Electrospinning of emulsions composed of an organic poly(l-lactide) solution and an aqueous protein solution yielded protein containing nanofiber nonwovens (NNs) having a mean fiber diameter of approximately 350 nm. Cytochrome C was chosen as a hydrophilic model protein for encapsulation. SEM imaging and gas adsorption measurements were carried out to determine morphology and surface characteristics of the different nanofiber nonwovens. Transmission electron microscopy was used to clarify the localization of the protein within the NN. PLLA NNs exhibited a highly hydrophobic surface which led to a slow wetting. It was shown that the protein release was dependent on the surface tension of the release medium. Electrospinning of emulsions consisting of an organic solution of PLLA and an aqueous solution of hydrophilic polymers yielded fibers composed of a polymer blend. The resulting NNs exhibited a less hydrophobic surface, which gave us the opportunity to tailor the release profile via this technology. Furthermore it was investigated how the addition of different amounts of hydrophilic polymer to the aqueous phase influenced the morphology of the resulting NNs.

  12. Phenobarbital loaded microemulsion: development, kinetic release and quality control

    Directory of Open Access Journals (Sweden)

    Kayo Alves Figueiredo

    Full Text Available ABSTRACT This study aimed to obtain and characterize a microemulsion (ME containing phenobarbital (PB. The PB was incorporated in the proportion of 5% and 10% in a microemulsion system containing Labrasol(r, ethanol, isopropyl myristate and purified water. The physicochemical characterization was performed and the primary stability of the ME was evaluated. An analytical method was developed using spectrophotometry in UV = 242 nm. The kinetics of the in vitro release (Franz model of the ME and the emulsion (EM containing PB was evaluated. The incorporation of PB into ME at concentrations of 5 and 10% did not change pH and resistance to centrifugation. There was an increase in particle size, a decrease of conductivity and a change in the refractive index in relation to placebo ME. The ME remained stable in preliminary stability tests. The analytical method proved to be specific, linear, precise, accurate and robust. Regarding the kinetics of the in vitro release, ME obtained an in vitro release profile greater than the EM containing PB. Thus, the obtained ME has a potential for future transdermal application, being able to compose a drug delivery system for the treatment of epilepsy.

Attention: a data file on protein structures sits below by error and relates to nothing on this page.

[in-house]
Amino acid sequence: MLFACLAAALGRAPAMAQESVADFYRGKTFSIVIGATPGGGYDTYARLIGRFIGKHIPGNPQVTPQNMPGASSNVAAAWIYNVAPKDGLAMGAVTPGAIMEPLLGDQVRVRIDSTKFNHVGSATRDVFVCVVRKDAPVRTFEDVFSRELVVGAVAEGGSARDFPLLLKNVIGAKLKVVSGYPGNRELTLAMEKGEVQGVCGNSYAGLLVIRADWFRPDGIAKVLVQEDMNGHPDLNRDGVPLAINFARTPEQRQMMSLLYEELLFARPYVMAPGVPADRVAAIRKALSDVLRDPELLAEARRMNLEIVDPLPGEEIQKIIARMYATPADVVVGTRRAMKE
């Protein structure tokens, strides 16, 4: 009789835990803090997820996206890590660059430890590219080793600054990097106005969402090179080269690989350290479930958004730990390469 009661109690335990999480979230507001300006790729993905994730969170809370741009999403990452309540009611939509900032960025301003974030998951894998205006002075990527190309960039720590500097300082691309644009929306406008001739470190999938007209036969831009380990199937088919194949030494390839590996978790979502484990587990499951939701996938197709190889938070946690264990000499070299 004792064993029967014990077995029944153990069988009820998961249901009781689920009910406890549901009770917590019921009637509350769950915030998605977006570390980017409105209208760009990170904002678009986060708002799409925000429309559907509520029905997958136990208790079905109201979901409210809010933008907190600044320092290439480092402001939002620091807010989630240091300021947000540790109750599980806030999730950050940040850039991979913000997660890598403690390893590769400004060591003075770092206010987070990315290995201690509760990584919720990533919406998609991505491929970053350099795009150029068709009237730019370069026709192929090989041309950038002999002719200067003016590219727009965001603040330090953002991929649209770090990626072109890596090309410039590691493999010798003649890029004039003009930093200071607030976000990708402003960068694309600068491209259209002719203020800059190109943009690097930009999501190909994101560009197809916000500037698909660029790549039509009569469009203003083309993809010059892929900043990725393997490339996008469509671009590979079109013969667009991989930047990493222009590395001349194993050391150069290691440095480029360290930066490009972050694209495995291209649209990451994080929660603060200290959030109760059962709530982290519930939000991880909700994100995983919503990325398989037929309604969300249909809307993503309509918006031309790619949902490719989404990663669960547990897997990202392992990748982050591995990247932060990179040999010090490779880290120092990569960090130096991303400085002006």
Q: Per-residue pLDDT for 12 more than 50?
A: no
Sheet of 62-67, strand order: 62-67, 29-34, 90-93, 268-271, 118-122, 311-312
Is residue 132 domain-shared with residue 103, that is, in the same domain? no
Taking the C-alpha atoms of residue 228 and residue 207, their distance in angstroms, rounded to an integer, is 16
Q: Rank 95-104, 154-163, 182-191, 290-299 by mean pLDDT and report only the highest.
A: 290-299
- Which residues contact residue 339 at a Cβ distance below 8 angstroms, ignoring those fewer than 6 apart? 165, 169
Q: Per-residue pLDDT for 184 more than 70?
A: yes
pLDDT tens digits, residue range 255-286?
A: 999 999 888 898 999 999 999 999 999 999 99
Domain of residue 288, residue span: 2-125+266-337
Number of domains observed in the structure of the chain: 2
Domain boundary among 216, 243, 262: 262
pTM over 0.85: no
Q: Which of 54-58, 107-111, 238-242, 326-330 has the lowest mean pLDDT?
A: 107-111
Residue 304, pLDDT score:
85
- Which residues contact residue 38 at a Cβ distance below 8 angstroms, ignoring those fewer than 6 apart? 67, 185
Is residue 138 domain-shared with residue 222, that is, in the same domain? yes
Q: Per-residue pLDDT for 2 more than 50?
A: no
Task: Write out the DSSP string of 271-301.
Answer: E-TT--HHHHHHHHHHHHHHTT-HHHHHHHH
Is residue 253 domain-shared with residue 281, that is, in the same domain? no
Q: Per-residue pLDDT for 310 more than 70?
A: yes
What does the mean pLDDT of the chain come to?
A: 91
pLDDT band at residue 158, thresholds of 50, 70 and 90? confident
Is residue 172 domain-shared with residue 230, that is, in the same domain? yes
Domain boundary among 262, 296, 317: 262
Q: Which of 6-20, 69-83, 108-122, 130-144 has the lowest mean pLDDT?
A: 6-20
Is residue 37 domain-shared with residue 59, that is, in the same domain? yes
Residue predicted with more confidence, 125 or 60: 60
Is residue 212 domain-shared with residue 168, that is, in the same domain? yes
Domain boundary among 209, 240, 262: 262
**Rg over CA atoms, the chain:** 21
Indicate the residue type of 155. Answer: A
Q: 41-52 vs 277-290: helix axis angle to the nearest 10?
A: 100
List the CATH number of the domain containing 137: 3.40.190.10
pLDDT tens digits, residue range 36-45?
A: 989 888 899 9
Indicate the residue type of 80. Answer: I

13. Controlled release of ibuprofen using Mg Al LDH nano carrier

    Science.gov (United States)

    Dasgupta, Sudip

    2017-08-01

    In the present study, NSAID (non-steroidal anti-inflammatory drugs) such as ibuprofen in anionic form has been intercalated in-situ into the interlayer space of Mg Al LDH nanoparticle during co-precipitation of hydroxides. LDH nanohybrids are characterized by XRD, FTIR and UV spectroscopy. Mg1-xAlx(NO3)x(OH)2.nH2O nanoparticles were synthesized using co-precipitation method from an aqueous solution of Mg(NO3)2.6H2O and Al(NO3)3.9H2O. Ibuprofen was intercalated in inter layer space of Mg-Al LDH during coprecipitation of drug LDH conjugate in nitrogen atmosphere. The nanopowders synthesised were in the size range between 25 to 90 nm with an average particle size of 55 nm. XRD analysis proved that there is an increase in d003 spacing from 7.89 Å for pristine LDH to 14.71 Å for ibuprofen intercalated LDH due to the intercalation of bigger ibuprofen molecule in the interlayer space of LDH. FTIR analysis showed hydroxyl and carbonyl stretching of ibuprofen in LDH-IBU sample confirming the intercalation of ibuprofen in the interlayer structure of LDH. The drug release study in phosphate buffer solution at pH 7.4 using UV-Vis spectroscopy demonstrated that 50 % drug molecules were released in 15 hours and more than 85 % release was achieved after 36 hours.